Crisis Marketing Strategy II : Changes in Customer Trends
You are reading the second article from a series of three articles written to provide a recap to GoWork’s exclusive webinar: Crisis Management: How Brands in South East Asia Are Adapting Their Marketing Strategy in the Time of COVID-19. Here’s the link to the first article if you’re looking to start fresh. Stick around to read about some of the most inspiring brand stories from China in the wake of the crisis.
The COVID-19 Crisis has spelled trouble for many businesses, especially those in the offline retail industries. The combination of government measures against crowding in public spaces and the public affinity towards social distancing had a grim impact on offline retailers. Their consumer base, now advocating stay-at-home movements and online activity initiatives, are simply out of their reach.
Now that we’ve learned about how the retailers are reacting and adapting to the crisis, it’s time to see the factors behind the changes: shifting customer trends and behaviors during the crisis, be it intentional or as a side effect of other paradigm shifts.
The example provided by Agustinus Michel of Creative Capital came from China – the country with one of the world’s largest retail markets. In 2018 alone, China’s urban retail market amounted to about 1.3 trillion yuan or about 138 billion USD.
How did the pandemic crisis affect such a huge market? Here’s a short recap from the webinar.
Customer Spending and Consumption Trends
During the early days of the coronavirus outbreak in China, the consumer spending trends did not slowly decline, but instead sharply decreased to an unprecedented level, compared to last year’s “Spring Festival” season spending.
The decrease was especially apparent in the F&B, entertainment, and offline retail spending categories for consumer spending in all city tiers in the country. A decrease of about 75% on F&B and entertainment spending was noted during this period.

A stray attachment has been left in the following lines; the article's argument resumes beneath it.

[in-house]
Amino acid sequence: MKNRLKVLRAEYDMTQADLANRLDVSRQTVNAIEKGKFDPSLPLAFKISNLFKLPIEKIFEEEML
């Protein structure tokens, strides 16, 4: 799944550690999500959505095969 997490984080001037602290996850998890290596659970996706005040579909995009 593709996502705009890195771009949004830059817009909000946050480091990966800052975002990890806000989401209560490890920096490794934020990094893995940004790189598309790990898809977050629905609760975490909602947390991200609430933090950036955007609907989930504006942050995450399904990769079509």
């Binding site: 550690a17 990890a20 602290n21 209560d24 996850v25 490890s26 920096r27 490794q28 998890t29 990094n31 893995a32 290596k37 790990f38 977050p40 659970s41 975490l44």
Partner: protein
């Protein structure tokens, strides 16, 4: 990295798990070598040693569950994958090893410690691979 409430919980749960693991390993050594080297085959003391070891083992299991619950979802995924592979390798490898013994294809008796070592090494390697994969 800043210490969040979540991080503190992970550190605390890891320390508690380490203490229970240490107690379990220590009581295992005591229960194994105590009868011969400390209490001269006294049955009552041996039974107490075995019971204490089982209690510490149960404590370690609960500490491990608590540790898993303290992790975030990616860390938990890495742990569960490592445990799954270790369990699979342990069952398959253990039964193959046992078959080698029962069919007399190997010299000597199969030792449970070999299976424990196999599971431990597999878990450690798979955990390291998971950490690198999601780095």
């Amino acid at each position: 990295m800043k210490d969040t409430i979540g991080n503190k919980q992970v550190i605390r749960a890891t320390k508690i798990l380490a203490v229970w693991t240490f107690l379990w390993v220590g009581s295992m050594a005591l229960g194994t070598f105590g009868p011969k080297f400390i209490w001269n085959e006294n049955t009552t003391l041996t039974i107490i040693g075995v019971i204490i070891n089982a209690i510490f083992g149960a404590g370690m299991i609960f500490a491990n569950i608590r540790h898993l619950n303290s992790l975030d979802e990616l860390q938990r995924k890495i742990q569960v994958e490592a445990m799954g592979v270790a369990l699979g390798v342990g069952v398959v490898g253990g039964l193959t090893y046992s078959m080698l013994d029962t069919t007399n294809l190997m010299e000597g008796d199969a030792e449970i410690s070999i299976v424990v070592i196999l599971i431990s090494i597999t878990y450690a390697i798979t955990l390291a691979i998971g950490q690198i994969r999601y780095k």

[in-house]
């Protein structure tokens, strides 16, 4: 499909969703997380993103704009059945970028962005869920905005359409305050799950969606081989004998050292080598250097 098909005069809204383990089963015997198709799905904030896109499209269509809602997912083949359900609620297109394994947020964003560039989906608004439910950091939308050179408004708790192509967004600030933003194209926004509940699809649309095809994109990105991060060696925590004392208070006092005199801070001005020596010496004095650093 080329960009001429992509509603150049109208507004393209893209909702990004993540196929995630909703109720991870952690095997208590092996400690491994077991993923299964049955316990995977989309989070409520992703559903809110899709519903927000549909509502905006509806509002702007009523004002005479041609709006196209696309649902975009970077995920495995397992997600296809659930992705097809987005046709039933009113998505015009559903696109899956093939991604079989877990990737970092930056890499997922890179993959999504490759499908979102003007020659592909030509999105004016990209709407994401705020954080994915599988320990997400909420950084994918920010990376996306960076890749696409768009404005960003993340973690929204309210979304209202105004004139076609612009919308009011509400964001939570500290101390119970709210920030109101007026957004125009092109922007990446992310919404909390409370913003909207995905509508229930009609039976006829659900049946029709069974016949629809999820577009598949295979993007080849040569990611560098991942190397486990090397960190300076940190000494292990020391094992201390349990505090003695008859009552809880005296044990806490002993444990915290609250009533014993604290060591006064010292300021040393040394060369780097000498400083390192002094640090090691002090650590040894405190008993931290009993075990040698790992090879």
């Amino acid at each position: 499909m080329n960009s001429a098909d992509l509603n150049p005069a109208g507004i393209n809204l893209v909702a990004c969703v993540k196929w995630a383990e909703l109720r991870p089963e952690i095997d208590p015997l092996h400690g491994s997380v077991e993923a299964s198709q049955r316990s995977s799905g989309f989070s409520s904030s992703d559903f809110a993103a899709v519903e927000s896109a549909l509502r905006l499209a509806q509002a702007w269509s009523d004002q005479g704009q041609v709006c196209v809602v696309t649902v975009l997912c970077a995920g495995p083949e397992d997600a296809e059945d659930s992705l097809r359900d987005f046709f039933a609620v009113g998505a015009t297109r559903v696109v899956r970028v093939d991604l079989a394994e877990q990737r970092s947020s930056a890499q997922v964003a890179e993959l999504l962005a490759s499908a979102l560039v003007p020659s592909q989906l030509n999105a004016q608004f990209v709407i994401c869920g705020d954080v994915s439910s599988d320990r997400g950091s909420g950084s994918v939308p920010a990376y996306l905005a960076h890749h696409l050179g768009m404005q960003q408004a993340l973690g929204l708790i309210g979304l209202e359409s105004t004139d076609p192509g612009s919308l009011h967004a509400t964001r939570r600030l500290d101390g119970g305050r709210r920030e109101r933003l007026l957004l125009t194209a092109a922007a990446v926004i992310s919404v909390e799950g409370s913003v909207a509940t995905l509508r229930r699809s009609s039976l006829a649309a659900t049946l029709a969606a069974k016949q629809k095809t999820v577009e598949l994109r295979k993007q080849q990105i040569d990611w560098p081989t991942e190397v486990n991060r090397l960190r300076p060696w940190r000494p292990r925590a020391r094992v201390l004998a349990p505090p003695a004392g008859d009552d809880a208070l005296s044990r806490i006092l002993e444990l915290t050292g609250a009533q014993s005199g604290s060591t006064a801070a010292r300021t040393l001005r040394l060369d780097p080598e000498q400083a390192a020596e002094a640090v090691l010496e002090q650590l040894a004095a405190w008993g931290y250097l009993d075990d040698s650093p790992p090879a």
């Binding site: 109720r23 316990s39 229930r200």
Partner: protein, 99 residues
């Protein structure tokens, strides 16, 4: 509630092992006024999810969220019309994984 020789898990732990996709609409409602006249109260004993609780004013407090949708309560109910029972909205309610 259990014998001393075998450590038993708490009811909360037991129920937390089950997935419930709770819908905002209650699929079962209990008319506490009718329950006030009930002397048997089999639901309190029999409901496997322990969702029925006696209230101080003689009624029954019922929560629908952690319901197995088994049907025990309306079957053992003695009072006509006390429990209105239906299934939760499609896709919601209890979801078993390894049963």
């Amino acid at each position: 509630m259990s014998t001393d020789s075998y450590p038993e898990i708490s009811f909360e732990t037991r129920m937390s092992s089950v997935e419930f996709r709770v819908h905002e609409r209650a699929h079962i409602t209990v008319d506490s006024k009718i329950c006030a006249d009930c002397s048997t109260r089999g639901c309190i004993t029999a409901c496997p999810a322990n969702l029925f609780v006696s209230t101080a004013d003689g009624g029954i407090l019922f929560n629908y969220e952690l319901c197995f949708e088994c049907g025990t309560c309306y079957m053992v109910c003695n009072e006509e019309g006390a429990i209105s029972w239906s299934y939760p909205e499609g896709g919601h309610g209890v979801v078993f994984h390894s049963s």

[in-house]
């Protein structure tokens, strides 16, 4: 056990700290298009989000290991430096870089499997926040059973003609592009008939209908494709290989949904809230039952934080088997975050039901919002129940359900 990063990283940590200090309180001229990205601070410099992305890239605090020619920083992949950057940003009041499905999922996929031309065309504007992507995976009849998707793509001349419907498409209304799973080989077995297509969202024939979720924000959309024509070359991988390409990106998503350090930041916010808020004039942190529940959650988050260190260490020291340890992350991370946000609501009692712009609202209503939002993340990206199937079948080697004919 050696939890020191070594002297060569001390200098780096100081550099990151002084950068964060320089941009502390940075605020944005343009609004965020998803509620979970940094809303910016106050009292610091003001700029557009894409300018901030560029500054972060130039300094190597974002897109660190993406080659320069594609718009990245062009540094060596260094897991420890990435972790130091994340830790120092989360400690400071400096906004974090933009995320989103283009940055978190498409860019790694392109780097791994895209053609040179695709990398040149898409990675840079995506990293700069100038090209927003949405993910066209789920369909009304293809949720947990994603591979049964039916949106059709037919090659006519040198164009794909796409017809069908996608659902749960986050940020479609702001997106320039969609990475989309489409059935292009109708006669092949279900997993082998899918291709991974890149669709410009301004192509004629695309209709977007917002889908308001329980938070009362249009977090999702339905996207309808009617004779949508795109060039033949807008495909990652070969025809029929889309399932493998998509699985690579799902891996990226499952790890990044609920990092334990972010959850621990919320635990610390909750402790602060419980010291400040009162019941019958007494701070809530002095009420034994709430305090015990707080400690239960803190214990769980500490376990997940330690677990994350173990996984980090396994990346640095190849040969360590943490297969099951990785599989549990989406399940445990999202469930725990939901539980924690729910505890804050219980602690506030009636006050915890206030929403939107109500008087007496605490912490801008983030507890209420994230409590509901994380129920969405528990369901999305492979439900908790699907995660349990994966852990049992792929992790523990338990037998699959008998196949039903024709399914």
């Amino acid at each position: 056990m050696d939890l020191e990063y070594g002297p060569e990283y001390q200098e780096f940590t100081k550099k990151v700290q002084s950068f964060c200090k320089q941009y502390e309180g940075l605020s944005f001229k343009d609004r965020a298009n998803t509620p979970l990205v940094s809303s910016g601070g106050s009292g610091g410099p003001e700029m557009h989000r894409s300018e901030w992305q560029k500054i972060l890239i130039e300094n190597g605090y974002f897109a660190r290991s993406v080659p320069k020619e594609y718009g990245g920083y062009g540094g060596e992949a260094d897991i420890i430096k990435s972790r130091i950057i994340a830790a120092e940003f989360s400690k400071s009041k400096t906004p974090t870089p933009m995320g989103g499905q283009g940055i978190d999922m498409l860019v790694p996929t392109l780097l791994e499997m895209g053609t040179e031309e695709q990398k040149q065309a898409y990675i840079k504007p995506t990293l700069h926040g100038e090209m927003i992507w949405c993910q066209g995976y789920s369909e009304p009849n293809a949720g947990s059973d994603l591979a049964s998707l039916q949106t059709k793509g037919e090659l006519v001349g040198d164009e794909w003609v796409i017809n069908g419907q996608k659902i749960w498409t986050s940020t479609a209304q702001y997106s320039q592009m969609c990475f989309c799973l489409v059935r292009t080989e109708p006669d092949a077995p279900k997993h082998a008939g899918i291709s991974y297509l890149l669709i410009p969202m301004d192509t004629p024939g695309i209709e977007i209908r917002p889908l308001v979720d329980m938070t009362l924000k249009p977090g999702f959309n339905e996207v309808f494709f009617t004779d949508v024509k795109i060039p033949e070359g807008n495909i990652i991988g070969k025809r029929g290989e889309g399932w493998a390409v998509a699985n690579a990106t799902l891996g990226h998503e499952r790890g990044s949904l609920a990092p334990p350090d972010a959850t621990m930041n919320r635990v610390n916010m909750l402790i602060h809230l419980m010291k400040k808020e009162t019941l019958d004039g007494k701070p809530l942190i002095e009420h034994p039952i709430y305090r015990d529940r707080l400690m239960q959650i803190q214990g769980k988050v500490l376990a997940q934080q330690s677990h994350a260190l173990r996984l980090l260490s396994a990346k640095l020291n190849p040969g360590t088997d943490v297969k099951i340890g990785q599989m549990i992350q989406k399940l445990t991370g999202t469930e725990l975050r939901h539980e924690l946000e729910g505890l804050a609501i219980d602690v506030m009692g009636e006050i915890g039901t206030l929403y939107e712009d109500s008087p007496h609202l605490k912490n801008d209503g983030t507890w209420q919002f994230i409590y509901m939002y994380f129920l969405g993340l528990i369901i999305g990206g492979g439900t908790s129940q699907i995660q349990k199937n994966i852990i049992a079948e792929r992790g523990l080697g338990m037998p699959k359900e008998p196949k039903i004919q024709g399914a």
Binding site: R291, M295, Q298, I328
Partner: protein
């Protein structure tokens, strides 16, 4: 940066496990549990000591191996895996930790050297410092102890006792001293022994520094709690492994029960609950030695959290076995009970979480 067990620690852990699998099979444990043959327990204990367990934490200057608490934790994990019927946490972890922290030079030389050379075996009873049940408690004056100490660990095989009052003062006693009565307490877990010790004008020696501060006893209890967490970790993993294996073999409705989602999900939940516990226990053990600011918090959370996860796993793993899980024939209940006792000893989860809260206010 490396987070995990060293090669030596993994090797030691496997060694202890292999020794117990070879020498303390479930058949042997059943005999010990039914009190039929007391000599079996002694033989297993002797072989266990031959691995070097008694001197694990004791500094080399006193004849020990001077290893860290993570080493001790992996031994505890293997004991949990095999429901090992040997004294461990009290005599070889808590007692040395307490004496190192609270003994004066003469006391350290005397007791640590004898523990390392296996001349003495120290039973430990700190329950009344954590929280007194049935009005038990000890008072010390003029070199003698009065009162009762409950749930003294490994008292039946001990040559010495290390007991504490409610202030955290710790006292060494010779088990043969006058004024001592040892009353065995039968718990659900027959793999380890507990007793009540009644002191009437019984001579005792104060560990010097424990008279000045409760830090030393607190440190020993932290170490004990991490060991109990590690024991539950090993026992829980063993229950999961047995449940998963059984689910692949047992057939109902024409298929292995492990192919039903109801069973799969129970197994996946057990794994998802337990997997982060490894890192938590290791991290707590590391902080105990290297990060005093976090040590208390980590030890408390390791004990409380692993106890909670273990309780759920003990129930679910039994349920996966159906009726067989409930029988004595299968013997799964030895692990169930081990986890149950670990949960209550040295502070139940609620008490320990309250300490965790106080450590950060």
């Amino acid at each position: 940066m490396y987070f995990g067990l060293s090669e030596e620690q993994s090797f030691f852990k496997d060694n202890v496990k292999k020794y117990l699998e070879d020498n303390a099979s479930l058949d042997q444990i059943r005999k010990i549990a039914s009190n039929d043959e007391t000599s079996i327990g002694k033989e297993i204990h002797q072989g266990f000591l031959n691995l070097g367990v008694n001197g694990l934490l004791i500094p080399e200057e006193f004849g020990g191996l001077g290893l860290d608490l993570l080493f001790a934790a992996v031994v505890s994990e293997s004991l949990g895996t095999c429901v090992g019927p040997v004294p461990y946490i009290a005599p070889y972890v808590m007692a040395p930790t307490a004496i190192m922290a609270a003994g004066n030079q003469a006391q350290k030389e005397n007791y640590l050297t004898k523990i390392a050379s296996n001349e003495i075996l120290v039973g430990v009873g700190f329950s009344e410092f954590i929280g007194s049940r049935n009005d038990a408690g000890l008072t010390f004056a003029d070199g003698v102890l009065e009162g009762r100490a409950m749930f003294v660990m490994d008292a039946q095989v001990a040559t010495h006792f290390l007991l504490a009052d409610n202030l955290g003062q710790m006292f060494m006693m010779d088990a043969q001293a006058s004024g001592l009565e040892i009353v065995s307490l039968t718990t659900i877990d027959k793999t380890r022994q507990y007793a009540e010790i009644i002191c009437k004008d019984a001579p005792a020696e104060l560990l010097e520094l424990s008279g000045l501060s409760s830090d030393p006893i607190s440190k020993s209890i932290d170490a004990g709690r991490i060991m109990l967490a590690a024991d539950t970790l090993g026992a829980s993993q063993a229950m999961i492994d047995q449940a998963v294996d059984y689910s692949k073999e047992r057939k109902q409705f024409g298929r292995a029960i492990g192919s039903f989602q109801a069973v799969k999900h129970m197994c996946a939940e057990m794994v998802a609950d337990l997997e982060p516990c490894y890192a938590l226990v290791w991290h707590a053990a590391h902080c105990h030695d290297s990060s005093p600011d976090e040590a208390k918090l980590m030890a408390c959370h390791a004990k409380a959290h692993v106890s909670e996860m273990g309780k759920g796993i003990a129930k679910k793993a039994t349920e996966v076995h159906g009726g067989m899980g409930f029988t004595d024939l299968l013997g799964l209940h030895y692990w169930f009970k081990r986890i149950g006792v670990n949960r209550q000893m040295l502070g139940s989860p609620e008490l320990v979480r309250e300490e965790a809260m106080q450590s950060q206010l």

The consumers were simply spending more online if we’re talking about retail. New online consumers didn’t only come from obvious demographic groups, but instead a new customer base coming from older age groups trying to compensate for their limited mobility during the crisis.
For the first time in China, the influx of new male user groups surpassed the number of new female users. As much as 50% increase in male users were recorded at the beginning of the pandemic – of which, 32% stated that their online shopping spending increased by at least 10-20%. Some also said that they’ve only started to shop online during the outbreak. In comparison, the increase in new female users was recorded to be about 43%.
Moreover, there is an 82% increase in online shopping and entertainment users that are over 55 years old. Most of these new customers are spending more on online entertainment. This was especially surprising, considering this generation is what is known as the “TV Generation”. Among them, there is also about 41% net increase in online shopping spending.
Consumer Decision-Making: After the Outbreak
What were the people of China really looking forward to spending more towards after the outbreak? The answers are fashion/clothing, food & beverages, daily necessities, along with beauty products and sports and fitness. This survey represents the plausible consumer trends for the “new normal” of the post-crisis market interest. However, to understand if consumers are going to truly spend more after the pandemic, Creative Capital elaborated on further research on how the pandemic affected their outlook on consumption and spending.
Due to the crisis, people in China will tend to be conservative in terms of their consumption and spending habits. On average, as much as 54% of the correspondents agreed to “plan ahead”, “reduce unnecessary spending”, and reduce “timely consumption”. This survey suggests that after the pandemic, consumers are going to be more careful in making purchasing decisions, and making those decisions based on long-term and short-term considerations.
Additionally, consumers are more likely to make ecologically sound decisions when determining purchase. This was based on an increase in eco-consciousness and an overwhelming increase in animal rights support.
When talking about consumers’ decision-making process, then it is important to explore the cultural factors that directly affect those decisions.
Since the COVID-19 pandemic was considered a national crisis, Chinese consumers took it to themselves to “help” the country by purchasing national products, giving rise to a neo-nationalist mentality. This “buy Chinese” movement is being seen as an act of solidarity to Chinese brands and labels that are affected by the virus.
Up next, learn how the brands and companies are engaging their consumers. Hint: CSR and CRM.
Make sure to keep our blog bookmarked for the third part of this series.